NASE in the News

Stay tuned! Check out our latest videos, television appearances and podcasts.

Loving Self-Employment

Rev. Laura C. Cannon is the owner and founder of Ceremony Officiants™ located in Ellicott City, Maryland and does business in seven states in the Mid-Atlantic region. Her company has provided wedding officiants for over 10 years, and happily works with couples from all backgrounds. After a student asked her to perform the ceremony at her wedding, Laura knew she found her calling.

When and why did you join the NASE?
I joined NASE in 2014 after feeling really alone in the world of entrepreneurship. As a self-employed person, you often don’t get to have the same camaraderie with other people as you would in an office setting. I thought that NASE would be a great way to meet others who intimately understood the unique challenges and joys of self-employment—and the benefits are great.

When and why did you start your business?

I started my current company in 2003 when a student of mine asked me to officiate her wedding. It turned out that performing her ceremony was a pivotal moment for me and one of the best experiences of my life. I felt totally invigorated and like I was following a deeper calling. It must have showed, because after the ceremony the caterer working the event came up to me and told me it was the best ceremony he had ever seen and asked me for some of my business cards. I replied immediately with, “I am out of cards but I’d love to take your address and mail you some!” Needless to say, I went home, designed a logo, had cards printed, and started officiating weddings on the weekend while still working my full-time job. As the business grew, I knew I had to take the leap and leave the security of my full-time job in higher education and really give the officiating business my attention and energy full-time. In 2010 I left the day job behind, and never looked back.

What challenges have you faced in your business?

The biggest challenge I faced was knowing when it was time to let my full-time job go and devote all of my resources to my own company. I don’t think you can be a self-employed person without being a risk-taker, but I prefer taking calculated risks. I overcame this challenge by realizing that I was never going to “know” when the right time to do it was, likely because there was no “right time.” Instead, I made the very practical decision to create an exit plan. I decided how much money I would need to save from my full-time job to give me a one-year cushion while I made the leap. As soon as I knew that the financial stability was mostly there, I put in my notice. At the time, I told myself that if it didn’t work out, I could always go back to working for someone else and I would have gained a ton of skills. It’s been 6 years, and thankfully I’ve enjoyed a lot of success—I love being an entrepreneur so much I don’t even know if I could go back.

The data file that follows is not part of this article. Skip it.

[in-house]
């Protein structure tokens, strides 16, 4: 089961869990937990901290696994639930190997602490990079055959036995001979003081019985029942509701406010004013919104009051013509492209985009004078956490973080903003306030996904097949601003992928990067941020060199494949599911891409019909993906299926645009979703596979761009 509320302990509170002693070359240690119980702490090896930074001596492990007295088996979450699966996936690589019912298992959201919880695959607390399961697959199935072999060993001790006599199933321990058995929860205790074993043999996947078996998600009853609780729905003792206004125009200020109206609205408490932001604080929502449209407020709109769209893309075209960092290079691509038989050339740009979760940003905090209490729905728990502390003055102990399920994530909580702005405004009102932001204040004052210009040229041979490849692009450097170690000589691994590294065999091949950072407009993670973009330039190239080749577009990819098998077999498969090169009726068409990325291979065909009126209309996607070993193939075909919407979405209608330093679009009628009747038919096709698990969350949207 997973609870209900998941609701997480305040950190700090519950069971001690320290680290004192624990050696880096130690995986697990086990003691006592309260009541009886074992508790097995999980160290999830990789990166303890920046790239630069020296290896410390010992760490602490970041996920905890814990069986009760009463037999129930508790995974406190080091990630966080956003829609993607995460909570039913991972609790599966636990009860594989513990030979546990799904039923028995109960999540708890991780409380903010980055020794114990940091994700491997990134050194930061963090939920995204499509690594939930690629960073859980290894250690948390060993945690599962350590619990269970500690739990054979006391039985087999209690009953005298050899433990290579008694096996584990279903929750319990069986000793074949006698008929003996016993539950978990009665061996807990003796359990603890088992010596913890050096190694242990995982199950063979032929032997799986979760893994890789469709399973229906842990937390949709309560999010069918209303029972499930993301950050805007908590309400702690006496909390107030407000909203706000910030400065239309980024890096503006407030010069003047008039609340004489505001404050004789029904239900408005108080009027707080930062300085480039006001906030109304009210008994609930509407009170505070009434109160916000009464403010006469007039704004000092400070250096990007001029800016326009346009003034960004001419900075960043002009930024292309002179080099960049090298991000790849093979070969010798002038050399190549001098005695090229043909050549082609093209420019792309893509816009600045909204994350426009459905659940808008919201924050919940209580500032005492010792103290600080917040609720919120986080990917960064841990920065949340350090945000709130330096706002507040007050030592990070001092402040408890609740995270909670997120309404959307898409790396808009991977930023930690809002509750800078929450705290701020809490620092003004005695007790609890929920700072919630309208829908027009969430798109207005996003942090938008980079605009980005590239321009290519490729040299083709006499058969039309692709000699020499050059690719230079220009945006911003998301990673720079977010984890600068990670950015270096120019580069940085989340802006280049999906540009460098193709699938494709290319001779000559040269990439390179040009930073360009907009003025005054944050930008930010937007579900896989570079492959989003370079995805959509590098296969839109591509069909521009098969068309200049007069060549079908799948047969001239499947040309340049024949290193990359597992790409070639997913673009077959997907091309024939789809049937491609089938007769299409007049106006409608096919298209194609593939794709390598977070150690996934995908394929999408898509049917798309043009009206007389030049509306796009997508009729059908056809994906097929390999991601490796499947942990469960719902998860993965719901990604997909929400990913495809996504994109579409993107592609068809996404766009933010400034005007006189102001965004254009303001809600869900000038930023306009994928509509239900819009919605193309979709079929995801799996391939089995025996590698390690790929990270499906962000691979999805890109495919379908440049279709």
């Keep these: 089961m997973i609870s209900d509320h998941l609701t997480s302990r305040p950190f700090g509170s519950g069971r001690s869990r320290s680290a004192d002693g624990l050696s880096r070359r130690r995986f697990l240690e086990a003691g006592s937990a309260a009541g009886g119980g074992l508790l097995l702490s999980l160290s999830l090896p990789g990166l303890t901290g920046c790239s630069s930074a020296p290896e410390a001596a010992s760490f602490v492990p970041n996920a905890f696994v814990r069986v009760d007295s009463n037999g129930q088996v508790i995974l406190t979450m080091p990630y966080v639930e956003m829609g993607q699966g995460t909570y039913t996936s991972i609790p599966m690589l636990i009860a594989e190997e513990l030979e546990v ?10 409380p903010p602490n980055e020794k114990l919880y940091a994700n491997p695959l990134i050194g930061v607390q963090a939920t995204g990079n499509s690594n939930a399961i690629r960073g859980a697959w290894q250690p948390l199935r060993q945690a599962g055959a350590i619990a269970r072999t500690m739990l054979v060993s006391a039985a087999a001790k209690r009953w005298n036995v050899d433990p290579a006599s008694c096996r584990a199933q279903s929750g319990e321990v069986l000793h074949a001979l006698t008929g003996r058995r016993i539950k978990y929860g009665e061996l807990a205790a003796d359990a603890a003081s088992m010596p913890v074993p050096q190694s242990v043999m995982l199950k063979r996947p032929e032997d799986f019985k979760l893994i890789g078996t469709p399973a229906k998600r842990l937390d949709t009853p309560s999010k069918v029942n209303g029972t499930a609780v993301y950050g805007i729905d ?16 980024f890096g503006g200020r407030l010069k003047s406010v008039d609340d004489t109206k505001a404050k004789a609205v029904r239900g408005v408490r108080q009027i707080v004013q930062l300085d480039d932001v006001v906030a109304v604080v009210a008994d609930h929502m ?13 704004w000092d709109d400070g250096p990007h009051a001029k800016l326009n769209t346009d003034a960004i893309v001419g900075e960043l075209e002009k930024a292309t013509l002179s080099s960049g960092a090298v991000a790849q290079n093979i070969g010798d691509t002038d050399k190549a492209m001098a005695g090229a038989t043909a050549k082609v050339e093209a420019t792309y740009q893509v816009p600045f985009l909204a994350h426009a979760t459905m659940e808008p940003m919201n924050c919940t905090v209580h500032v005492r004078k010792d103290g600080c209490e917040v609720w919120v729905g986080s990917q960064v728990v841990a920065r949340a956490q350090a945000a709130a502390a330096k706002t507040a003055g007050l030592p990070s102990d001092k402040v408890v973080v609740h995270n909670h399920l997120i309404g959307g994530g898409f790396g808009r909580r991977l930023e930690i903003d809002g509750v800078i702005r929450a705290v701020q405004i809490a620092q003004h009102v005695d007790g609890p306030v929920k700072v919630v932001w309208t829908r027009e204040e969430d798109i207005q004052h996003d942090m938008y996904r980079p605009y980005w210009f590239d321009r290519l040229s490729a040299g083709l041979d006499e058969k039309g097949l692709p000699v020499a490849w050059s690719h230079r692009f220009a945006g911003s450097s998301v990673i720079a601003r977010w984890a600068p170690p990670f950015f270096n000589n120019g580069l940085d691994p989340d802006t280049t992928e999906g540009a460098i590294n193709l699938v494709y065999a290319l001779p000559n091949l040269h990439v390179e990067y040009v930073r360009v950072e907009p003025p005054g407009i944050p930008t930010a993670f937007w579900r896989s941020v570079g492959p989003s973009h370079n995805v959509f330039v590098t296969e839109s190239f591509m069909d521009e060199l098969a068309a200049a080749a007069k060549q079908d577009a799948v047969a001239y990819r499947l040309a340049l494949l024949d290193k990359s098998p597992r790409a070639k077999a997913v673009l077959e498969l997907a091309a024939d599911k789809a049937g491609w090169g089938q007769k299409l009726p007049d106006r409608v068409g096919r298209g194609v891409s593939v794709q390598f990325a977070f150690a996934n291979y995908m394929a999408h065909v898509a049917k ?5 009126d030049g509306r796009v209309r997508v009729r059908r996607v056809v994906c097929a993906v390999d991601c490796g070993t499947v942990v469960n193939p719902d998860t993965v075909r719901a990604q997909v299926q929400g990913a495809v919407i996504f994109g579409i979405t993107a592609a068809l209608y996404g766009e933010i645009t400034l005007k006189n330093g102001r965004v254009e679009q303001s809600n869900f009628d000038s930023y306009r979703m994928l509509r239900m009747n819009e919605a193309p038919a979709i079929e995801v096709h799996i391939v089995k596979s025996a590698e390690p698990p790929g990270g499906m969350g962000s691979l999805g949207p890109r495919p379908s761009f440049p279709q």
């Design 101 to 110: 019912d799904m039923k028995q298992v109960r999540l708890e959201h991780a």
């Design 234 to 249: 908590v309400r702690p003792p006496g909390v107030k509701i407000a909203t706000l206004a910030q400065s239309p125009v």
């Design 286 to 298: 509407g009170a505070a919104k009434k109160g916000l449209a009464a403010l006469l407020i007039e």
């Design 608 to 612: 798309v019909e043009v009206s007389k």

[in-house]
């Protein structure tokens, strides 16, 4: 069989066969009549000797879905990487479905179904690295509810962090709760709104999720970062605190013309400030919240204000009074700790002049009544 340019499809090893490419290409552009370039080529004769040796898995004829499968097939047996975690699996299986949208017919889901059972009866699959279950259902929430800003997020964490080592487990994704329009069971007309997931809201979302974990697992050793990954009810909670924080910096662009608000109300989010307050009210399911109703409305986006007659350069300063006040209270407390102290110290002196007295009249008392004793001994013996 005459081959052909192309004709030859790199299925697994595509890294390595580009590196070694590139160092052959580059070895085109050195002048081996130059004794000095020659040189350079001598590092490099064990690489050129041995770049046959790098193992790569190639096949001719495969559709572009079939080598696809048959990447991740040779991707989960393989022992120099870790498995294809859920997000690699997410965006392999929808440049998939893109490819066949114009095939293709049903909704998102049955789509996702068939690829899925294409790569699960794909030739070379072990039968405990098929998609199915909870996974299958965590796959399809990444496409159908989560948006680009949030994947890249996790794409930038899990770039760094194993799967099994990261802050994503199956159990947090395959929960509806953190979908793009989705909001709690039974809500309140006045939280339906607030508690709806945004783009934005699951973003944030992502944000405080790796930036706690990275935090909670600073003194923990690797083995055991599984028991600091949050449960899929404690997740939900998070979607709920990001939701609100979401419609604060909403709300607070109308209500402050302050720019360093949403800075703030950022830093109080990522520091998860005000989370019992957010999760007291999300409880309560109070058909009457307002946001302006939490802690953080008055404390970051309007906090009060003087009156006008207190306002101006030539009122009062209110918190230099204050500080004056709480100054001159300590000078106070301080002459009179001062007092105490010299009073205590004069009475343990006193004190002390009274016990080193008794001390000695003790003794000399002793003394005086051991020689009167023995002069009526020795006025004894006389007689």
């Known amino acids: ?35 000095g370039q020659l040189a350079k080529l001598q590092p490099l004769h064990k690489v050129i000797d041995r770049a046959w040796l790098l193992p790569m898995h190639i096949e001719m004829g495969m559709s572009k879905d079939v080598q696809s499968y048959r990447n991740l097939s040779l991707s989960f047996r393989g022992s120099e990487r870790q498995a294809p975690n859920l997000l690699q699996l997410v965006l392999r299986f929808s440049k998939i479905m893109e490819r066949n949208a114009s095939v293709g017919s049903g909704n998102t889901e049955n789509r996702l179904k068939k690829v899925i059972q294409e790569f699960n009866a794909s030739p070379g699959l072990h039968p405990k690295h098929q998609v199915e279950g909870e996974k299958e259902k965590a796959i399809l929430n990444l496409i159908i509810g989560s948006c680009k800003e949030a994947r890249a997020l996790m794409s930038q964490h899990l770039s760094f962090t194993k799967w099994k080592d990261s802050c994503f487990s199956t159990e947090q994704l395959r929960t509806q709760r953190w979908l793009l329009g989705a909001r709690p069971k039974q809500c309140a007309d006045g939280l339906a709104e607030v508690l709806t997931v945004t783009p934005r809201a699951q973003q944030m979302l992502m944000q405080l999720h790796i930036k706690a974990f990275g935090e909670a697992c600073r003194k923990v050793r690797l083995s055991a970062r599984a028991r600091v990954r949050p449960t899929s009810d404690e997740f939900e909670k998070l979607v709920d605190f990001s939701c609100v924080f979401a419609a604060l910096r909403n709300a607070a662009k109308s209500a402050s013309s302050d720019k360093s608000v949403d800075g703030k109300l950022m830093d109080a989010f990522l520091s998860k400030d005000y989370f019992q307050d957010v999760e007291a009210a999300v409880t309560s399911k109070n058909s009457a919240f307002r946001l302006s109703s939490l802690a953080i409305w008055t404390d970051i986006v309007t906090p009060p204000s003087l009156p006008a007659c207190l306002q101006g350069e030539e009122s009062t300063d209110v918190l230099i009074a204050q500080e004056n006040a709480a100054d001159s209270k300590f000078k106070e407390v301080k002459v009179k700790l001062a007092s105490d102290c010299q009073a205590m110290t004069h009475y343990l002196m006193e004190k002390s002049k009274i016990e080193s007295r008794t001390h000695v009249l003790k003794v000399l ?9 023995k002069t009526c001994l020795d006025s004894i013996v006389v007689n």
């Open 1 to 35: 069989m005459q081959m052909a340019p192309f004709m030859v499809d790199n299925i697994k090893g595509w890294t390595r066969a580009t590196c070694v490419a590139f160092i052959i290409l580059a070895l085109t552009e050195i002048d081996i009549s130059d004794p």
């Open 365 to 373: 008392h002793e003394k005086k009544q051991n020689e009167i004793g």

How do you market your business?
I market my business in many different ways: networking with other vendors in my industry, advertising on industry websites, online and print advertising, wedding showcases (trade shows), writing for industry publications, speaking at industry conferences, word of mouth, and personal referrals.

Do you have any employees?
Right now it’s just me and a part-time office assistant, and I’m able to hire contractors to fill in the functions that I don’t love or don’t have enough time for—like bookkeeping! As my businesses continue to expand, I foresee that adding dedicated staff will be necessary. For now, I’ve been able to manage it myself and leverage technology to build a very lean, efficient operation.